Last updated on January 27th, 2019 at 08:58 am

In my fairly inward life as an artist, I’m pleasantly surprised by the many forms which my “teachers” assume. Sages appear and vanish when I least expect them. Their lessons aren’t to be missed for there’s always a gesture, a style or a thread to be mildly embellished. Any artist who denies that their most prized masterpiece wasn’t somehow inspired from a master before them earns my immediate suspicion. We’re on the lookout always. The switch can’t be flipped to off. Such was the situation one afternoon last week as I was enjoying the insights of Roshi Joan Halifax, a Zen teacher and medical anthropologist. I happened upon an interview with American Public Radio’s Krista Tippet as the two dissected the concept of a term referred to as “compassion fatigue.” While I found their conversation fascinating, the teacher for me appeared in the form of an engaged audience member named Asha. In speaking up to address Halifax, this young lady shared her personal weariness resulting from many years in public service in the midst of folks “dedicated to NO”—dedicated to fighting against something. This weight, for her, prompted a self-inquiry of how one might instead commit to living YES? It’s not the first occasion I’ve heard such a probing, but I’m not certain the topic has ever greeted me in such an articulate manner.

No new taxes. No spending cuts. No super-sized soft drinks. No guns. No controls on our guns. No. No. No. We’re drowning in the negative. A battle, a cause awaits at every corner. You name it. A national election only accented the drawn lines. This combat is often all-consuming, scooping up our very best. We finish the day exhausted and empty. It took a perfectly posed question from a distant conversation to open my eyes to this familiar existence in which I find myself. This armour is heavy on the shoulders. No matter how many times I remember to turn my attention back to the things that really matter, I’m repeatedly lured—by some breaking news or some squawking political commentator or some random hurdle of the dayto put the gloves back on. Perhaps, as the gal in the audience suggested, it’s time to shift gears and instead “dedicate ourselves to YES.” No time like the present to commit to the positive. I find some relief in the simple act of just putting this concept down here on paper. Of course, stringing a few words together is the easy part. Playing out such a shift in deed is where the sweat comes in.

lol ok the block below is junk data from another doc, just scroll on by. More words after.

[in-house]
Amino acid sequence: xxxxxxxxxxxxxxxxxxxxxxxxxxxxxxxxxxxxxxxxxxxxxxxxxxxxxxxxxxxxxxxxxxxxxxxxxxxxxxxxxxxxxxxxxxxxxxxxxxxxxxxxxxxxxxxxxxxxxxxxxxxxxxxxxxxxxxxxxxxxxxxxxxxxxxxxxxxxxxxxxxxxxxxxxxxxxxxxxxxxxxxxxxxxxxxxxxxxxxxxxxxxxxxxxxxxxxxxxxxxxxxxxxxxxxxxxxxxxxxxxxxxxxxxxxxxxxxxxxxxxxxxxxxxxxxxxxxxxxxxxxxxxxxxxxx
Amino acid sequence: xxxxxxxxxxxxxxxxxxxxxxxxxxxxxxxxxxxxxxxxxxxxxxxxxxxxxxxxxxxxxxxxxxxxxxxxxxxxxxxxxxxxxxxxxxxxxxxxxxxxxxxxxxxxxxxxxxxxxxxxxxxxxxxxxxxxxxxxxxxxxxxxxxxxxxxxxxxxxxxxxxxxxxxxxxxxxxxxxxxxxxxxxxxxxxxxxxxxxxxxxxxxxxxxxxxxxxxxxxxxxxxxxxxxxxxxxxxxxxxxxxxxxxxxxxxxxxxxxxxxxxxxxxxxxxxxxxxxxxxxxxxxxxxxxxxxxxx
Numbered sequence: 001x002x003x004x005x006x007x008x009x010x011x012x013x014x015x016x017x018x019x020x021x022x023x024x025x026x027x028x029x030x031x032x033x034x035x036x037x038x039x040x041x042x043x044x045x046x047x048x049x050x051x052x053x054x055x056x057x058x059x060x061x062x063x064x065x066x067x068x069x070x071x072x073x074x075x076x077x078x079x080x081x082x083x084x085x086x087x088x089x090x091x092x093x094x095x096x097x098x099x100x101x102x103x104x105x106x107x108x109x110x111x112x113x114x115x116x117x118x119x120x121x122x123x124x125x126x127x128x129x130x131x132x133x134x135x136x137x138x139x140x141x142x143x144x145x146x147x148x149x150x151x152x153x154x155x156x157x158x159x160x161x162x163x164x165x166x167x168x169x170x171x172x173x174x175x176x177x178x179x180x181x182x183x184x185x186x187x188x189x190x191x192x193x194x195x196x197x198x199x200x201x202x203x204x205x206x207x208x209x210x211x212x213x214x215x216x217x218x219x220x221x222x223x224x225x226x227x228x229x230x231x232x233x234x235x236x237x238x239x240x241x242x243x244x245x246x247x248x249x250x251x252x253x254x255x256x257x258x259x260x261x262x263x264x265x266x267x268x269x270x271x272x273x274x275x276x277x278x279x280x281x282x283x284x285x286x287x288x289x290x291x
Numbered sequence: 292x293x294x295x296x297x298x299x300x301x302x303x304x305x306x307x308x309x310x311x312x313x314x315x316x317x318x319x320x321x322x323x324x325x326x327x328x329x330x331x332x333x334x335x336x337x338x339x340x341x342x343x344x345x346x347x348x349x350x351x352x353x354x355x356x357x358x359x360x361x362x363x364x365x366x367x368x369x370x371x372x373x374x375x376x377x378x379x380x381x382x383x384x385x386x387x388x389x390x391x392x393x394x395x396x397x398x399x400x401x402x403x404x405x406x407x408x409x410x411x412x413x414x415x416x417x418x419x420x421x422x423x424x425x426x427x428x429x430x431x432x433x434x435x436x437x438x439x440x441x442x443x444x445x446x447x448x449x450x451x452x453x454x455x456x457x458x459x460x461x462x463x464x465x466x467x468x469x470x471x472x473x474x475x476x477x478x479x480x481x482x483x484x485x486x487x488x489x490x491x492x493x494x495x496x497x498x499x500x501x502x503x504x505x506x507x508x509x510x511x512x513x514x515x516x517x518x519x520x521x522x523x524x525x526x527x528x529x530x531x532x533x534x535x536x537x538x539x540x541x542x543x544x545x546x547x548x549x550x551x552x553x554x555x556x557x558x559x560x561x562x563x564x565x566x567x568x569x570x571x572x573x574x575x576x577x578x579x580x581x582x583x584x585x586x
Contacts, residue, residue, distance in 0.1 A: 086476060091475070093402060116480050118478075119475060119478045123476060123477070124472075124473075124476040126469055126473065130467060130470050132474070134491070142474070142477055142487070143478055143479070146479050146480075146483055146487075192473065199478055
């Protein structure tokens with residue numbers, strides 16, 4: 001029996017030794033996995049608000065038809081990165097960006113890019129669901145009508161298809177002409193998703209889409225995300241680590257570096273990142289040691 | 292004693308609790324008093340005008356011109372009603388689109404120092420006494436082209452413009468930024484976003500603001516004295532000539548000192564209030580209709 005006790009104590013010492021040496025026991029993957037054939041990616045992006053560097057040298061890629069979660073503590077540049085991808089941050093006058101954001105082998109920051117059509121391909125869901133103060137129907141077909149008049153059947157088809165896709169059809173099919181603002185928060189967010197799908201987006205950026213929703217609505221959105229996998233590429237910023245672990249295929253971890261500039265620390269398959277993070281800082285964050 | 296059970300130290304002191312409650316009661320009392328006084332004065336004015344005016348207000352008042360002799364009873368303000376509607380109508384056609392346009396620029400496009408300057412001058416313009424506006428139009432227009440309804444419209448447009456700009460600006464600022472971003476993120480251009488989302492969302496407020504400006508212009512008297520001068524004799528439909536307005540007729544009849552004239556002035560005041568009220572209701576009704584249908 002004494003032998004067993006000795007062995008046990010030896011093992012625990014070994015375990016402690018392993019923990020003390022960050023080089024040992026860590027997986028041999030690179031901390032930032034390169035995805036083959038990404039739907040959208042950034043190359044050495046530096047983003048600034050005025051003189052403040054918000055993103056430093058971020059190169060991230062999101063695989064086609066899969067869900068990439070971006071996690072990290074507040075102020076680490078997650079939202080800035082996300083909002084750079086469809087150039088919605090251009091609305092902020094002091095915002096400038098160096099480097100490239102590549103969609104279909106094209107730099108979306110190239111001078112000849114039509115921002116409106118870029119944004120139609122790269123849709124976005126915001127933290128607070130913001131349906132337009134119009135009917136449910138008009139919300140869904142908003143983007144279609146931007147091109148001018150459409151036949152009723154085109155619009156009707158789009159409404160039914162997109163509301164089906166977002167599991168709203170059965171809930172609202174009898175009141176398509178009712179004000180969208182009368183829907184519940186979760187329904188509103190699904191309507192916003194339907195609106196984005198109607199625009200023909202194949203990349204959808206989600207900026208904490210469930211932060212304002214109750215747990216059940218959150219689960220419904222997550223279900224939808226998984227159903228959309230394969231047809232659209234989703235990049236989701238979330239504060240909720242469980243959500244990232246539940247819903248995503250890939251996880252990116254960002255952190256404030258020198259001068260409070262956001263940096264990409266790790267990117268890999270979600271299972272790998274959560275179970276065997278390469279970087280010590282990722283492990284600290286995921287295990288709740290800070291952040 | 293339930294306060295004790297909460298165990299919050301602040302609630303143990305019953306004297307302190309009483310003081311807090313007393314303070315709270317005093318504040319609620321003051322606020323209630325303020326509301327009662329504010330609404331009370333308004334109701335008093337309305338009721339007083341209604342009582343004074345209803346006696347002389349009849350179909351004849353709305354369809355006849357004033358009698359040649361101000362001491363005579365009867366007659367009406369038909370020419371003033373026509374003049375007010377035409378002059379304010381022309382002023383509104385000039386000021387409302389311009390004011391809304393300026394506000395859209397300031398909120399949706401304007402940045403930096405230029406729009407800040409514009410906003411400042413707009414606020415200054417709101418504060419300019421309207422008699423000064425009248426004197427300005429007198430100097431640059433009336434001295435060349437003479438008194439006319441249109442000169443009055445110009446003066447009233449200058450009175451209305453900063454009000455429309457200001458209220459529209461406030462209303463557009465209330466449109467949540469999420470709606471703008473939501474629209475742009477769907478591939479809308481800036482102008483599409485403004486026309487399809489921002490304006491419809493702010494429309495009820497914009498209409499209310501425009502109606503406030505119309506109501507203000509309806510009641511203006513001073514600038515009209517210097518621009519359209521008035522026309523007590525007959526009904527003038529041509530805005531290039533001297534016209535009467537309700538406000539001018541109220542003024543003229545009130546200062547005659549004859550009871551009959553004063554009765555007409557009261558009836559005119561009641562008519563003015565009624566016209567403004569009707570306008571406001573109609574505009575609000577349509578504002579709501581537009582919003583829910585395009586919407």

I’m in the habit of making photographs, not advice. But, I do sense another way in relaxing this self-imposed burden of having to fight all of the world’s problems. There’s a dark and a troubled side of life. But, as the tune rambles on: “There’s that bright and sunny side too.” Despite our best intentions, we can only do so much. Children seem to have a natural instinct to accentuate this bright side. They focus on what’s happening front and centre. There’s empathy, but there’s also a more commanding force for savouring the moment at hand. They don’t allow all of their energy to be spent on struggle. Of course, their plates are generally less full. They have all the time in the world for paying attention to their friends and family. But, the lesson they offer here isn’t to be denied. I wonder if we all might breathe a bit easier if we were to arrive at one “global” matter which speaks to our heart and at which we then skilfully direct our focus. Such newfound space might permit a return of our attention to that which gets buried in the clutter—our personal life. What happens when we direct fresh energy back to listening compassionately to what our children and spouses have to say or to looking closely into the eyes of an aging parent? Going forward in this light presents authentic work, but I sense too, a real possibility for strengthening our personal base and beginning to experience natural breakthroughs along the path.

So then, what’s your “YES?” Rather than looking at life as a series of problems to be solved, we should make a commitment to changing the filter. Instead, wake up each day and enjoy that cup of tea with our teenage daughter, pick up the telephone and personally reconnect with a friend, linger with a book or recipe, venture outdoors with the dog in the snow. We begin to move the mind instead towards life’s remedies. A mild embellisher I clearly am. I confess. But, be it through images or through words, some merits simply demand sharing.

Susan Currie is a photographer of children, families and life. Her images have been featured in The Boston Globe, The Lawrence Eagle Tribune, The Andover Townsman, Elephant Journal, Marmapoints, Yogi Times and The Huffington Post. She’s authored and self-published two books Make it Last and Wide Awake, which both celebrate the wonder of early childhood.

images: Susan Currie